Elsbeth Pancrazi’s first book, Full Body Pleasure Suit, creates a defamiliarizing near-future (or current?) dystopic paradise through which she and the reader might explore, as she says, “how to connect, be present, and be sensual in a virtual world I started to imagine as a possible future.” It’s a dizzyingly smart, funny, and delightful read–almost as pleasurable as having a coffee in the mid-morning July-in-Oregon sun with the poet herself, while a hummingbird buzzes around the two of you like a tiny spy-drone.
Which I had the good fortune to do, thanks to Tavern Books and the Wrolstad Residency at The Rice Place on the Clackamas River, outside Portland. And thanks, most, to Elsbeth’s generosity–when Tavern told her they’d put together a residency for her, as part of her manuscript’s being chosen as the 2016 Wrolstad Contemporary Poetry Series selection, she replied, “But what about the other Wrolstads?,” inviting Ruth Madievsky and me to join her.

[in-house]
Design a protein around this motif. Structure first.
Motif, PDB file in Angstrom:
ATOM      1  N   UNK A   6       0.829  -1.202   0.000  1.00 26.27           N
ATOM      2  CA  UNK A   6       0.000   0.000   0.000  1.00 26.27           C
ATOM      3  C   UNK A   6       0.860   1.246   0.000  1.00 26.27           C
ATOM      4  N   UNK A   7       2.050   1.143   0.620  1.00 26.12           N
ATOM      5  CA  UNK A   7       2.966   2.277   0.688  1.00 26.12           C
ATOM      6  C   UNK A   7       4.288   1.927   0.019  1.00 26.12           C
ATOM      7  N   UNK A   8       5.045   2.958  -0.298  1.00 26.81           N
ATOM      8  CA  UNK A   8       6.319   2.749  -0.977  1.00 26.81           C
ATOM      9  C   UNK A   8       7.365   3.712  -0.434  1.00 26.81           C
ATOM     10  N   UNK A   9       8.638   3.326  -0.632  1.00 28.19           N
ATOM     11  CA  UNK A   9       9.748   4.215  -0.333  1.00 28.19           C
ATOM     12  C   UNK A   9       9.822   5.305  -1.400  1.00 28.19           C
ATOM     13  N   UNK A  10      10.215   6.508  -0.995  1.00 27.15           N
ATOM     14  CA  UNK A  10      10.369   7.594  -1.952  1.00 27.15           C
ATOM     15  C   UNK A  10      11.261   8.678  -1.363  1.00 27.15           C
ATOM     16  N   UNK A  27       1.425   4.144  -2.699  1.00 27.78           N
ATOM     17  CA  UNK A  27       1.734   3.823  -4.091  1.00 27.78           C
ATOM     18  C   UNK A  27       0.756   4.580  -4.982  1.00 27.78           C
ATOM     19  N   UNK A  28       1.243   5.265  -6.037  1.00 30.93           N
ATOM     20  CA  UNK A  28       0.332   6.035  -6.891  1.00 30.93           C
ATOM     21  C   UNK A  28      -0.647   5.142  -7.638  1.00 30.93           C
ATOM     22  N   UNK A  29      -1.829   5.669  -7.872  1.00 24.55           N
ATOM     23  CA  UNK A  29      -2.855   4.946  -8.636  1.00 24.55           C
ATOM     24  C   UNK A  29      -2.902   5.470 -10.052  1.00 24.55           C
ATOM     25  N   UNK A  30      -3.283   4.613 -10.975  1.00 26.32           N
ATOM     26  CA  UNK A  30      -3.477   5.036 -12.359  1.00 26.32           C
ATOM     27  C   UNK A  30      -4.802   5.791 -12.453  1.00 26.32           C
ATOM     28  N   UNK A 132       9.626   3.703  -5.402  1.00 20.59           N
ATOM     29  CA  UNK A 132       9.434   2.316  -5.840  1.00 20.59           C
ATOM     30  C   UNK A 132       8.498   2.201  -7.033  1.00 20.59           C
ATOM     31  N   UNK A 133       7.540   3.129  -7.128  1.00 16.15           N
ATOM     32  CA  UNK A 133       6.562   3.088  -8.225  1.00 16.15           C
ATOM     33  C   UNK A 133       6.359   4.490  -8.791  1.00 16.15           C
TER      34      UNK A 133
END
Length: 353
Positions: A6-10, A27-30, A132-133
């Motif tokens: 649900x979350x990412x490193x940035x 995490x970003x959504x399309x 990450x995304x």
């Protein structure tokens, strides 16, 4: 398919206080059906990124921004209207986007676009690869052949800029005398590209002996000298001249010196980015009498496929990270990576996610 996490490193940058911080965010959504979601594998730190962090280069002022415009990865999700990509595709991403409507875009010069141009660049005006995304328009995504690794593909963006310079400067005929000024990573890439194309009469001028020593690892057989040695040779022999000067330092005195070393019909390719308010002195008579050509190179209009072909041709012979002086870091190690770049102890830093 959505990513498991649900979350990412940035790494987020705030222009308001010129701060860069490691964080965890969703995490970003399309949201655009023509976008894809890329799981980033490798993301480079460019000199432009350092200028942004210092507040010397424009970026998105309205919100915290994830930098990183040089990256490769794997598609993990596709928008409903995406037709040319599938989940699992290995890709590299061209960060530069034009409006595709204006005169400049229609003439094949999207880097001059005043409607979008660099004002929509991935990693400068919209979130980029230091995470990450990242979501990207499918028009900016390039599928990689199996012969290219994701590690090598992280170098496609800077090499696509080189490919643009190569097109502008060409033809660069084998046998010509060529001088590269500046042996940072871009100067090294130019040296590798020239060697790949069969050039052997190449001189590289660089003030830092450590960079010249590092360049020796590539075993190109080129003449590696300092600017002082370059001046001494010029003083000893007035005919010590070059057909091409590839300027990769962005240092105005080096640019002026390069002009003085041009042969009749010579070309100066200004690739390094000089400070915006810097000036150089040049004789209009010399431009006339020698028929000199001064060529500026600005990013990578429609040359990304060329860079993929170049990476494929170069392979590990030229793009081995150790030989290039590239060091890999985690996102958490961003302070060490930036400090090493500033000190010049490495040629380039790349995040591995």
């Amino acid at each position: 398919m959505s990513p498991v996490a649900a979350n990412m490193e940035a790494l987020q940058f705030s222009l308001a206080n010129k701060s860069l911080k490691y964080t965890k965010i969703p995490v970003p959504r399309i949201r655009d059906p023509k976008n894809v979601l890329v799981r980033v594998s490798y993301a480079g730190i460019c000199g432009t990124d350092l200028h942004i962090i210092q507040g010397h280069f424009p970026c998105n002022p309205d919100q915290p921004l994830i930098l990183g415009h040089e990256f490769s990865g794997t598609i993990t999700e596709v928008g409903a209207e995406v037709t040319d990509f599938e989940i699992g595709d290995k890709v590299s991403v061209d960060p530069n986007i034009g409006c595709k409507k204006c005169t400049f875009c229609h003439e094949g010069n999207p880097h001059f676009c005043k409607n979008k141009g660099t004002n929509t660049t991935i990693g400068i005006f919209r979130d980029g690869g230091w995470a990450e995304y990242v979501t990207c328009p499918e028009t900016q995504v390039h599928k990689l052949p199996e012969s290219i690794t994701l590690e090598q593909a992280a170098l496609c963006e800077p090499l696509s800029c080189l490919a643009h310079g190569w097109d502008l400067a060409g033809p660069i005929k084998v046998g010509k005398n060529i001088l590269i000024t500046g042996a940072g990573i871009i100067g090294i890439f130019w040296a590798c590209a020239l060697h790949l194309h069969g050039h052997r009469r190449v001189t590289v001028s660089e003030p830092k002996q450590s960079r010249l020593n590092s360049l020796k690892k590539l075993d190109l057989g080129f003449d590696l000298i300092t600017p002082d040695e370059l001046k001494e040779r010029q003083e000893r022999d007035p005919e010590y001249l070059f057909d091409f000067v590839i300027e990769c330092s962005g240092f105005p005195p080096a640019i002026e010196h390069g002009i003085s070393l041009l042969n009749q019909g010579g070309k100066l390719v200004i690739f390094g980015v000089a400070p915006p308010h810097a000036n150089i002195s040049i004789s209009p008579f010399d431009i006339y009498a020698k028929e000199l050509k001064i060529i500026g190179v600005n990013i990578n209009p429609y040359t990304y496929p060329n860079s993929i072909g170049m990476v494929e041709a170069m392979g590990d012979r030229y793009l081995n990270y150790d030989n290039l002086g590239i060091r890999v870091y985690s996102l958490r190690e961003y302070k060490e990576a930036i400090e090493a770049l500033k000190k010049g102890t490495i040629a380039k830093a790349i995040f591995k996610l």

This generosity is evident not only in the poems she shares with us here, but in their conception. “The Interior at Night” was, in part, conceived in a workshop Elsbeth and I hosted during our residency; we asked participants to make a list of words they would never use in a poem, and then we traded with one another and, of course, wrote poems using all those forbidden words. The poem holds in one deft hand the figure of a craven Secretary of the Interior, one whose “job is to fire up the dead fish on a grill,” and the poignance of that position, one that considers “the indefinite number of unregulated pleasures.” Likewise, the paractactic observations in “Sasquatch” highlight our disconnection from our environment, as in: “Some sites of famous and important killings / are camps for recreational rafters now”. With these poems, Pancrazi invites us to the invention of a new kind of nature poem, one which does not celebrate nature so much as elegize our relationship with it.